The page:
(Sorry to use the Demons' program as an example, DePaul. I promise not to talk about you all anymore in this post.)
A Commissioner from way out west?
The league may be looking closely at the commissioner of the West Coast Conference Jamie Zainovich to lead their group.
Blaudschun: "Zainovich has east coast ties, with a work resume which includes Princeton–when Georgetown coach John Thompson III was the basketball coach. His west coast and Catholic ties as the commissioner of a league which has emerged as a solid mid major conference with the development of Gonzaga and St. Mary’s, include a degree from Stanford."
Hard to comment on a commissioner when I do not know his work, but the West Coast Conference remains in people's minds despite having only two nationally-significant programs.
(Will Providence play the role of Santa Clara or Pepperdine or Portland, a small school that generally plays spoiler, and hardly sees the NCAA Tournament?)
The Big East Tournament at Madison Square Garden?
Madison Square Garden is also up for dispute; the Big East has signed a long-term deal with MSG before being picked apart by the bigger football conferences.
"That also must be resolved with the distinct possibility that neither league will be able to sign a long term deal at the Garden, which would mean a rotation of sites for the tournament for each conference with bids from competing sites accepted by both leagues.."
Now, that's interesting. So Blaudschun is saying that MSG would break the contract, citing the different makeup of the league, and thinks the Catholic Seven wouldn't be able to get a long-term deal? The ACC may be looming as a possible tenant during Tournament Week, but the Catholic Seven has to look like a viable option there, despite not having Syracuse and Louisville, et cetera.
But that Barclays Center probably has some open spots, and has a thirst to compete with the Garden.
As for the Big East, the only "East" schools are Connecticut and Temple. Perhaps the Tournament could move to Memphis, or Dallas, Texas, or Atlanta - somewhere more geographically appropriate.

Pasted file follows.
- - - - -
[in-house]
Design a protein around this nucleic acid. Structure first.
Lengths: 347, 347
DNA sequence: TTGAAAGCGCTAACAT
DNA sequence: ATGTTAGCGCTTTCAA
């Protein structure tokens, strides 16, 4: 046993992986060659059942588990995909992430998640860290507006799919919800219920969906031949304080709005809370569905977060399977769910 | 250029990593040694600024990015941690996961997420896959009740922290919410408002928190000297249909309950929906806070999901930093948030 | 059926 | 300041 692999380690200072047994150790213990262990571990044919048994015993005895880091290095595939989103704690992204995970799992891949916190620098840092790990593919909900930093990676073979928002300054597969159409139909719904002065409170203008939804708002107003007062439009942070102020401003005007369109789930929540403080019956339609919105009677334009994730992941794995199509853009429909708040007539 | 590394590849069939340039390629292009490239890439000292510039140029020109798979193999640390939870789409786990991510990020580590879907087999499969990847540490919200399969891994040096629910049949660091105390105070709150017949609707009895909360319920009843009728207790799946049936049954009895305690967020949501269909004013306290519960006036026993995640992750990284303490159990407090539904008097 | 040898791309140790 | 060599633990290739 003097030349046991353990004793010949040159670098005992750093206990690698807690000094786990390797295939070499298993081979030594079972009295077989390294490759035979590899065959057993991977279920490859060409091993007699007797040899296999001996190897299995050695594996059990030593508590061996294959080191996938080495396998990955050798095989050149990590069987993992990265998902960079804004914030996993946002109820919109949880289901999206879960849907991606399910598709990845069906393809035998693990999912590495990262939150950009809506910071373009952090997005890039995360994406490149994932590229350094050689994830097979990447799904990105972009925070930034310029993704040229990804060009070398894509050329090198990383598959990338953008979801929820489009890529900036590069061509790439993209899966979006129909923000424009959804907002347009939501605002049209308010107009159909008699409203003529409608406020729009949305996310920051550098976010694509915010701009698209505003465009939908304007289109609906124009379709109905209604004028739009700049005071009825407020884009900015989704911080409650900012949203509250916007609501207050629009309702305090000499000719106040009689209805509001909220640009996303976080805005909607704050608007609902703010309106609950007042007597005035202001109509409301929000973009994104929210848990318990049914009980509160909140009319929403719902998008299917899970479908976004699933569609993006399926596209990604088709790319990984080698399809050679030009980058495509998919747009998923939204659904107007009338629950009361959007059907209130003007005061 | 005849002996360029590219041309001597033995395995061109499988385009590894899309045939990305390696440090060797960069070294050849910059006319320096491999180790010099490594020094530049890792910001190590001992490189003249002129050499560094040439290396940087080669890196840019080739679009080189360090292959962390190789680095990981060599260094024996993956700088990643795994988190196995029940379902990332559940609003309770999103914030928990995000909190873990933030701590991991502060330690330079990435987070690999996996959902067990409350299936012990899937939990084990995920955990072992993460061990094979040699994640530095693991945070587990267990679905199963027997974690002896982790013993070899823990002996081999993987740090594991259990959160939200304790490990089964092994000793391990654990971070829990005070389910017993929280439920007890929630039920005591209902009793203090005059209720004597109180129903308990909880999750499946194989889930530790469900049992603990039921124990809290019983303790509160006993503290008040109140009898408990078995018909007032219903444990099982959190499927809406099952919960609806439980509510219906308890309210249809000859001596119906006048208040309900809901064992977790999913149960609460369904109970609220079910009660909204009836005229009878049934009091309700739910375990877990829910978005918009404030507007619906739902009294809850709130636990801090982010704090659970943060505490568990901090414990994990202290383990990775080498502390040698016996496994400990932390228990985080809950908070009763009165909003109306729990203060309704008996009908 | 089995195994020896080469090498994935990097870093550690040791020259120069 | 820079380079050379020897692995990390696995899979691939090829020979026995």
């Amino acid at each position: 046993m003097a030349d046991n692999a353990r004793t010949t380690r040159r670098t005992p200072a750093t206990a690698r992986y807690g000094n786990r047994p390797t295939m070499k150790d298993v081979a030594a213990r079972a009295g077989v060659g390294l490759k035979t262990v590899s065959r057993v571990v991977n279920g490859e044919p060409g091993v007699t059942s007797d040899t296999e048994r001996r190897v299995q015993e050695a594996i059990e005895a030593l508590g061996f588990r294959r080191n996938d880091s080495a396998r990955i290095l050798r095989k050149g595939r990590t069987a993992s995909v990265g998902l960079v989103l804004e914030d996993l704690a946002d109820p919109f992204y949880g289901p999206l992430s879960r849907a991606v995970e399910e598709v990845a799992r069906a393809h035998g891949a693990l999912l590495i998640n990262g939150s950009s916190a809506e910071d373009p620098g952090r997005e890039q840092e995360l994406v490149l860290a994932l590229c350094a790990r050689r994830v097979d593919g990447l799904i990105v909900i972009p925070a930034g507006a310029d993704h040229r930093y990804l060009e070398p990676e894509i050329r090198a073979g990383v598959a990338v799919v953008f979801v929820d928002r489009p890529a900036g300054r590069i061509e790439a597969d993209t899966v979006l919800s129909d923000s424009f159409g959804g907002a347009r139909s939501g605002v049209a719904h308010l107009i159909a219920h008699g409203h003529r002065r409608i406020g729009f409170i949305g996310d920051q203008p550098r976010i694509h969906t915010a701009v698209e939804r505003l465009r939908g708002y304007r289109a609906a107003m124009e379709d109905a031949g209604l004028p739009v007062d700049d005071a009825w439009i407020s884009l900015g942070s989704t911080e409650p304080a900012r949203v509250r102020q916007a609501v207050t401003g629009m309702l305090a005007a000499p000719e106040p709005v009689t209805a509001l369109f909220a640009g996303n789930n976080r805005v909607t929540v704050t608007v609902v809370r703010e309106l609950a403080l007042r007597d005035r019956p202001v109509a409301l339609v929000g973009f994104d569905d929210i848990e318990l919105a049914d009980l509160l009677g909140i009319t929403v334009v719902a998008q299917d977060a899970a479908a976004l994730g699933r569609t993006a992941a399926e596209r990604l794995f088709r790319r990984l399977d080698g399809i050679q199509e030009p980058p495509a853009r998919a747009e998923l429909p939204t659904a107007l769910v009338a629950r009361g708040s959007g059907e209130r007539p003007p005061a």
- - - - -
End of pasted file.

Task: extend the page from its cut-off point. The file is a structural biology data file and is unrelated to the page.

The remnant Big East
John Ourand of Sports Business
DailyJournal reports that ESPN has sent a matching offer to NBCs reported deal for football and basketball TV rights.
"Discussions with the Big East are ongoing," ESPN says, and the commissioner will have to take the deal to the conference presidents to vote on the deal.
ESPN matched the NBC offer in some form, but "matching" can mean that ESPN matched the (paltry) sum that NBC, in conjunction with CBS, is offering the remaining Big East (around $25 million annually for 10-12 teams) without matching the exposure on NBC.
NBC would put the games on the NBC Sports Network (somewhere on your cable list in the Sports Ghetto section with CBS Sports and beIN Sports and Fox Soccer) and move some the NBC's broadcast network, depending on the game.
ESPN would reportedly not put many or any games on its broadcast channel, ABC, but would sublicense games to networks such as Fox Sports 1, launching this summer. Fox Sports is the expected winner of the Catholic Seven's rights.
A Wednesday night ESPN-online only game is a certain kind of exposure for football, available everywhere and licenseable to a local network, such as SNY in New York, if there is room amid sports content like baseball.
An NBC Network primetime Saturday afternoon game is another kind of exposure, in the football-watching hours but on a channel that the casual fan may not know exists. (And will the online component be there? Very important for the out-of-town fans, and critical in the digital age.)
Additionally, ESPN's move may be an attempt to keep NBC out of the college football game, while retaining a conference's rights for far cheaper than they could have bought the inventory for otherwise.